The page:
“I just woke up one day and knew it all had to stop.” Keshon said when I asked what made him give up drug dealing. Coming to Christ, for him, is about more than changing his mind, saying a few words, and getting dunked—it’s a new life at a high cost.
“You can’t just walk away from the drug game—it follows you. I knew I couldn’t live for God and stay in it, so I walked away. That meant no income, no rent money—so no home—but that wasn’t the worst of it. I stayed in the shelters ‘cause I knew I didn’t need to be around my old friends and their bad ways. When I went out looking for work, I got jumped by one of the other dealers and his guys. I told them I was done, I didn’t want any trouble, I just wanted to live for God. They thought I was a snitch, so they beat the tar out of me and told me that if they ever saw me again they would kill me.”
“I went to the hospital and as I was checking in, I saw someone I knew, but I didn’t think anything of it. I guess they made phone calls, ‘cause when I walked out of the ER, the waiting room was full of people who were mad that I left my old life. I sat down so there would be witnesses around, but one of the other dealers told me ‘you gotta walk back at some point.’”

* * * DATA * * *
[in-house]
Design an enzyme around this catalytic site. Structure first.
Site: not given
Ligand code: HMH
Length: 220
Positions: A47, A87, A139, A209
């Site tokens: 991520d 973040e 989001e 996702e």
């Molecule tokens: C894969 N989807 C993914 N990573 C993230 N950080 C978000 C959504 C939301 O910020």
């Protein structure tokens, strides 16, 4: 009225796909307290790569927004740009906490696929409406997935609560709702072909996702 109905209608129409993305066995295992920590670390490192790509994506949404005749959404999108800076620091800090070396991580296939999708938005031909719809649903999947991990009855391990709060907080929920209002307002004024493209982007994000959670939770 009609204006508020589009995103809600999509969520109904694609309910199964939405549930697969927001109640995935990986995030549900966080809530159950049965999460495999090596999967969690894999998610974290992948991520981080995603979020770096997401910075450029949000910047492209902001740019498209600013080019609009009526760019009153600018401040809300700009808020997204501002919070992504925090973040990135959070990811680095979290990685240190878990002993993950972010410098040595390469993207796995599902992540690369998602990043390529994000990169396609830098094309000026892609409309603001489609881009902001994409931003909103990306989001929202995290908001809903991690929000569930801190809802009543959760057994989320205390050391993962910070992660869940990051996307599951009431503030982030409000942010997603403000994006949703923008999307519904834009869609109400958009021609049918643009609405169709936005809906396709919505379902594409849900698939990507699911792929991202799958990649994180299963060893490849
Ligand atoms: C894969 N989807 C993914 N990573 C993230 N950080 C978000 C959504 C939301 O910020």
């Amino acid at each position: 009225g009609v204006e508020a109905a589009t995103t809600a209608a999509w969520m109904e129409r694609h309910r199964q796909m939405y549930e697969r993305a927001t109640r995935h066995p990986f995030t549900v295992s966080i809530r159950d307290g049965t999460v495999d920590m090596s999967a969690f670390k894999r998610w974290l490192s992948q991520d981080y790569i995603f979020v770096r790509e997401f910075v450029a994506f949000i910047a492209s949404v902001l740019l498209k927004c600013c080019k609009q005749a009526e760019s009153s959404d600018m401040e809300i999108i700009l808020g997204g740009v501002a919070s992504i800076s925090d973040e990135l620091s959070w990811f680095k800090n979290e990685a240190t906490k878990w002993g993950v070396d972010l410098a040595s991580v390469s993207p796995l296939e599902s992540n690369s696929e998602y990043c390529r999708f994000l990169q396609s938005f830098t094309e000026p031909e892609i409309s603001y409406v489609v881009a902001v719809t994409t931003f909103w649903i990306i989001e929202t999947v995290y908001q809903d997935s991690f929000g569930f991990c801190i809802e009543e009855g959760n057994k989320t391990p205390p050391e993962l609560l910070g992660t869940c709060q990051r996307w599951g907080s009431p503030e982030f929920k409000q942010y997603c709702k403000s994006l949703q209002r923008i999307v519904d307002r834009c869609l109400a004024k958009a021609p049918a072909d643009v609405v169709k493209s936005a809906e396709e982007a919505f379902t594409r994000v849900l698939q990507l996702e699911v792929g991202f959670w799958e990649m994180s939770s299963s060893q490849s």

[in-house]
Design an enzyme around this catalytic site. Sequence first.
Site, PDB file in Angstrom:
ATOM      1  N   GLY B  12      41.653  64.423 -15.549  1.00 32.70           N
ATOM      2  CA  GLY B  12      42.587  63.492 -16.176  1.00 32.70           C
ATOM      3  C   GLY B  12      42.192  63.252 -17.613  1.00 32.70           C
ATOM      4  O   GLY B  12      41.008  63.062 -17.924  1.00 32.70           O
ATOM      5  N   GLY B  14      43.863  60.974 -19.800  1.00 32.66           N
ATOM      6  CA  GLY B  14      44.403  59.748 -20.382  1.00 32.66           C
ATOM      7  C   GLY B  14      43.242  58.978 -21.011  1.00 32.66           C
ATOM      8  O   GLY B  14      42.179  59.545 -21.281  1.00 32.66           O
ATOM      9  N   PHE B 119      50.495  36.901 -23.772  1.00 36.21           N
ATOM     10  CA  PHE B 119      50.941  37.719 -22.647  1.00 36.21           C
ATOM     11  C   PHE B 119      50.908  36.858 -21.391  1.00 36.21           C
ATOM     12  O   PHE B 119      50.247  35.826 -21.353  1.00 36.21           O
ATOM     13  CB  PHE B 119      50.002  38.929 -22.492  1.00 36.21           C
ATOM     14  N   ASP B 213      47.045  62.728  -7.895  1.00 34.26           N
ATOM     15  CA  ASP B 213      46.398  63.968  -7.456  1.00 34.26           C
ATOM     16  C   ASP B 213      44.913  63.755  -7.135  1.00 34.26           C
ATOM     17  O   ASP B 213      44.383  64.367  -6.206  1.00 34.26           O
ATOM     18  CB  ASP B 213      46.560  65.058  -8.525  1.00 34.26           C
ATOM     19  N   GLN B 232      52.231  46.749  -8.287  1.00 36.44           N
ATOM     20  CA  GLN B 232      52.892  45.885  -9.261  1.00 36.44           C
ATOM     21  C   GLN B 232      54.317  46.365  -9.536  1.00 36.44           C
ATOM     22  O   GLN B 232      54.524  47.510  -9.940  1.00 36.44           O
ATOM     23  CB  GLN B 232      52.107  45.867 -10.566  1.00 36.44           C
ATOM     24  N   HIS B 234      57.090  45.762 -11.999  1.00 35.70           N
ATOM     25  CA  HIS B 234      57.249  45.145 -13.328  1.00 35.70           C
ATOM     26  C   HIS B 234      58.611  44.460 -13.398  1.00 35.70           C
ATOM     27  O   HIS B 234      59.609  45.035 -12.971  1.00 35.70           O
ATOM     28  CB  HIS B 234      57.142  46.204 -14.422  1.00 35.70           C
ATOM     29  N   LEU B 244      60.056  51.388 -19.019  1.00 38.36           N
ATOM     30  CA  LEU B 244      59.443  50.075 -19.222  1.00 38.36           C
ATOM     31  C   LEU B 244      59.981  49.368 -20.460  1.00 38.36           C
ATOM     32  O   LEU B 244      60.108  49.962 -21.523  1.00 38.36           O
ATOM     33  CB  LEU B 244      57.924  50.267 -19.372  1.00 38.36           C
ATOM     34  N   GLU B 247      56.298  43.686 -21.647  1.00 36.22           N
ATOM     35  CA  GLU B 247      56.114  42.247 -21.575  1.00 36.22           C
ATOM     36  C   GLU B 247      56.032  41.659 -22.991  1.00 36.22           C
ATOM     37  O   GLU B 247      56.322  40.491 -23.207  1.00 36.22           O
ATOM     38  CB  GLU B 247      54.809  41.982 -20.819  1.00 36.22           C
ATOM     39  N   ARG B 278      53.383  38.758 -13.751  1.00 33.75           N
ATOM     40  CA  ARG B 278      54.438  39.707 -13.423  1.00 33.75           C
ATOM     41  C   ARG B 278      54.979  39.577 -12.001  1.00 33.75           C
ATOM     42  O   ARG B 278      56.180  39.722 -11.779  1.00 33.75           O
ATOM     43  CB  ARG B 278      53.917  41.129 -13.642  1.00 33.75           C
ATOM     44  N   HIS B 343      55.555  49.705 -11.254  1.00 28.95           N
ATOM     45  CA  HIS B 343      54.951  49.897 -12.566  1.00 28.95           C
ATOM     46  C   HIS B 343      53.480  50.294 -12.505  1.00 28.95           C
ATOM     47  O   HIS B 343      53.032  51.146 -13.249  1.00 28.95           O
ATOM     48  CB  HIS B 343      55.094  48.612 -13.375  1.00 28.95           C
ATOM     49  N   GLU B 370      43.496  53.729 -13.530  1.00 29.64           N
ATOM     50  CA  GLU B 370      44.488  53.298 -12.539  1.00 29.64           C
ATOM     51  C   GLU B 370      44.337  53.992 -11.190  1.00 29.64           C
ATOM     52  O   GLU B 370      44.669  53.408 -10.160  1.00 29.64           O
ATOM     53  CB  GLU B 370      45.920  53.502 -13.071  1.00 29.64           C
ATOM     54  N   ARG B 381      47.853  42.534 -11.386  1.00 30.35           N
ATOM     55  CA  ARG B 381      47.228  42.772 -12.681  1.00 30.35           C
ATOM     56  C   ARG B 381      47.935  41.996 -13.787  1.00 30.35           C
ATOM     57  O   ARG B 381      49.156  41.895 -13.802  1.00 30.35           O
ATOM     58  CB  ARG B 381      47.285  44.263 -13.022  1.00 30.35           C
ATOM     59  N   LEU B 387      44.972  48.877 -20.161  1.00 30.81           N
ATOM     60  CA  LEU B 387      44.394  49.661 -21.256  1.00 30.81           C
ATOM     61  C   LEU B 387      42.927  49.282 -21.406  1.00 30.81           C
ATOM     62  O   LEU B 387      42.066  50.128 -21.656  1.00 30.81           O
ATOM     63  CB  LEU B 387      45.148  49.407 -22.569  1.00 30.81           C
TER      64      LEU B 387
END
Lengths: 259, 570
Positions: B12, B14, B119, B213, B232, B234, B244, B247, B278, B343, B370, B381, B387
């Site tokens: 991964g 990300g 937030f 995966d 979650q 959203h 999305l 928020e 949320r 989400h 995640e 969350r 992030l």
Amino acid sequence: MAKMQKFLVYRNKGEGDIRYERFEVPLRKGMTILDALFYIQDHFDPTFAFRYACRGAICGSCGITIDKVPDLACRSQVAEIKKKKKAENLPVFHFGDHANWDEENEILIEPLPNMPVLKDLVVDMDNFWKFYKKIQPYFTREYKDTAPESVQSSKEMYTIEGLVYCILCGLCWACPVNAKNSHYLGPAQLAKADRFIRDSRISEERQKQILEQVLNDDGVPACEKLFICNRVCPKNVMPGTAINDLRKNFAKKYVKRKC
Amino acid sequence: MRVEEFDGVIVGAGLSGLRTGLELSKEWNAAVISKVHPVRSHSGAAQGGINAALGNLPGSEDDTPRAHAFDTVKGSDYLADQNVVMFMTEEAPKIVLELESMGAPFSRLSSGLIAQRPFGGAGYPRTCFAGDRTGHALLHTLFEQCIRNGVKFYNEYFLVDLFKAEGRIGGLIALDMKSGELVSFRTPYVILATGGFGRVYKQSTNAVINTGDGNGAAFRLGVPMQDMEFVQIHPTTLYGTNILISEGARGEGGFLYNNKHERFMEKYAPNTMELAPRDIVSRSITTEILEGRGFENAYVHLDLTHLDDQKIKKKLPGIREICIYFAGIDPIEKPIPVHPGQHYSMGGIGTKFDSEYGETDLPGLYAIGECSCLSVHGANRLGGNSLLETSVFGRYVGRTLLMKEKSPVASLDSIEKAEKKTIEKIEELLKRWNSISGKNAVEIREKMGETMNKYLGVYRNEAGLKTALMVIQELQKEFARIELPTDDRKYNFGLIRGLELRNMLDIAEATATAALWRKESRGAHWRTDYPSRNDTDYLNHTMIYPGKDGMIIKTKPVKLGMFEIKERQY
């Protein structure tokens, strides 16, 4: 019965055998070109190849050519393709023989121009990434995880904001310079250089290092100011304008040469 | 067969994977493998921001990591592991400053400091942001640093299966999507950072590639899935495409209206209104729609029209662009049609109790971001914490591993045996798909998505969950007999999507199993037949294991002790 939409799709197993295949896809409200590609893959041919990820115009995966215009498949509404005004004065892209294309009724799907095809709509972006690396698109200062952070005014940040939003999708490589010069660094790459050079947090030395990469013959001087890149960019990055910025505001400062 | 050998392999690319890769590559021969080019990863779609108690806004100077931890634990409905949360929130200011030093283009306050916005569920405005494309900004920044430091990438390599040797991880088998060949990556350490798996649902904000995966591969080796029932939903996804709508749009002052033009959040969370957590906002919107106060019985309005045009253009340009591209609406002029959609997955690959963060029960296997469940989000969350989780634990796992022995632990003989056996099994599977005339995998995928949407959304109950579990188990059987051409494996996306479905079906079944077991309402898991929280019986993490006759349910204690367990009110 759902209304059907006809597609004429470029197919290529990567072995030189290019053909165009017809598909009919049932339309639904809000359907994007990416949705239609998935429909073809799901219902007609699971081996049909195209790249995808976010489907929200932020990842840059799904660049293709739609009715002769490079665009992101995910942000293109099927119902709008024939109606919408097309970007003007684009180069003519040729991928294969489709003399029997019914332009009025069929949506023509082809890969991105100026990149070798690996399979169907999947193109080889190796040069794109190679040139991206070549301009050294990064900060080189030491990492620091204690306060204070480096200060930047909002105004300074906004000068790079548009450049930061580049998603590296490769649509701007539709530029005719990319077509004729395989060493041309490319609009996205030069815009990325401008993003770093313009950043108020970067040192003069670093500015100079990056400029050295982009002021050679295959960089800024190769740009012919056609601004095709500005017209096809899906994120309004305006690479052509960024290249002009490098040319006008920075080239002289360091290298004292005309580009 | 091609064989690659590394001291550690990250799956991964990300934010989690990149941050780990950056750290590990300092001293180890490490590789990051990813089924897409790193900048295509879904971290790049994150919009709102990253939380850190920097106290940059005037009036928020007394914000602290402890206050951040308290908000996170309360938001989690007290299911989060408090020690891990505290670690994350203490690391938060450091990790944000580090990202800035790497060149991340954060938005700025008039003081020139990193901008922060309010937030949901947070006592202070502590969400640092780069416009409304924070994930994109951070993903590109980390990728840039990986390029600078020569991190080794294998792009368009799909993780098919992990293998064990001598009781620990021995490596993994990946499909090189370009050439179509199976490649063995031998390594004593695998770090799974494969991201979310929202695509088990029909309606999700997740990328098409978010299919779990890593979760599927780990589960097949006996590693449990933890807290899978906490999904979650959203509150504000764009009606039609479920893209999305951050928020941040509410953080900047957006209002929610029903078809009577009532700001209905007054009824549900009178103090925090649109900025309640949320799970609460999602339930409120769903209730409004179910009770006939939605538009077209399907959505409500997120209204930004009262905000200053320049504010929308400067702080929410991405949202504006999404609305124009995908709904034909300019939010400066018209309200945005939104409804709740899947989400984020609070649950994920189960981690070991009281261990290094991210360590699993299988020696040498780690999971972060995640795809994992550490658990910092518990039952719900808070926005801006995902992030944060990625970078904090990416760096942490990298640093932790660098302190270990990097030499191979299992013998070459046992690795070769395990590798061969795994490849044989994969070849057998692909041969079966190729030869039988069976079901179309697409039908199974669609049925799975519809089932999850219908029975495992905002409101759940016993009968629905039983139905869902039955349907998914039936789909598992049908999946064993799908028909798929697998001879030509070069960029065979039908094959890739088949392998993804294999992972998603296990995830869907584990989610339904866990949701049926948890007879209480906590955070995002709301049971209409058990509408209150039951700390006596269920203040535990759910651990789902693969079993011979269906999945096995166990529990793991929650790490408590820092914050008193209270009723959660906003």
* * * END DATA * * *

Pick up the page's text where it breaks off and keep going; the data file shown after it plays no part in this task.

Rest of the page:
Keshon feels like there is a target on his back wherever he goes now, but he knows what he has to do. “It’s hard to hang on sometimes. I know I can’t turn my back on God, but it is hard when it’s been days since your last meal, you have no money in your pocket, you’re sleeping under a broke-down truck and you know that in a matter of hours you could have several thousand dollars by dealing.”
“I learned something though, every time I’m put to the test, when I’m not sure how much longer I can make it, and I choose trusting God, He comes through. Someone will offer me some food, or a place to sleep, or I get a call, like today, telling me I got a job! It’s not the kinda money I was making, but God is showing me that He’s enough.”
Keshon was even able to help his uncle to leave his old ways and draw closer to God. I haven’t seen Keshon in a month. I pray he’s just busy working, but I don’t know. Sometimes discipleship comes at a greater cost than we would imagine. Levi walked away from his tax booth and left everything to follow Christ. James and John left their father and the family business. Keshon left friends, family, home, wealth, and puts his life on the line every day.
People like Keshon are why I’m at RCM. God’s message changes lives and is making a real difference here in North Little Rock.
In the 11 months of my RCM apprenticeship, I have helped to lead 140 people to be restored and 47 baptized. I look forward to the opportunities that God allows me in the second year of this apprenticeship.God bless you all.
“After this, Jesus left the house. He saw a tax collector sitting at the tax booth. The man’s name was Levi. “Follow me,” Jesus said to him. Levi got up, left everything and followed him.” (Luke 5:27-28).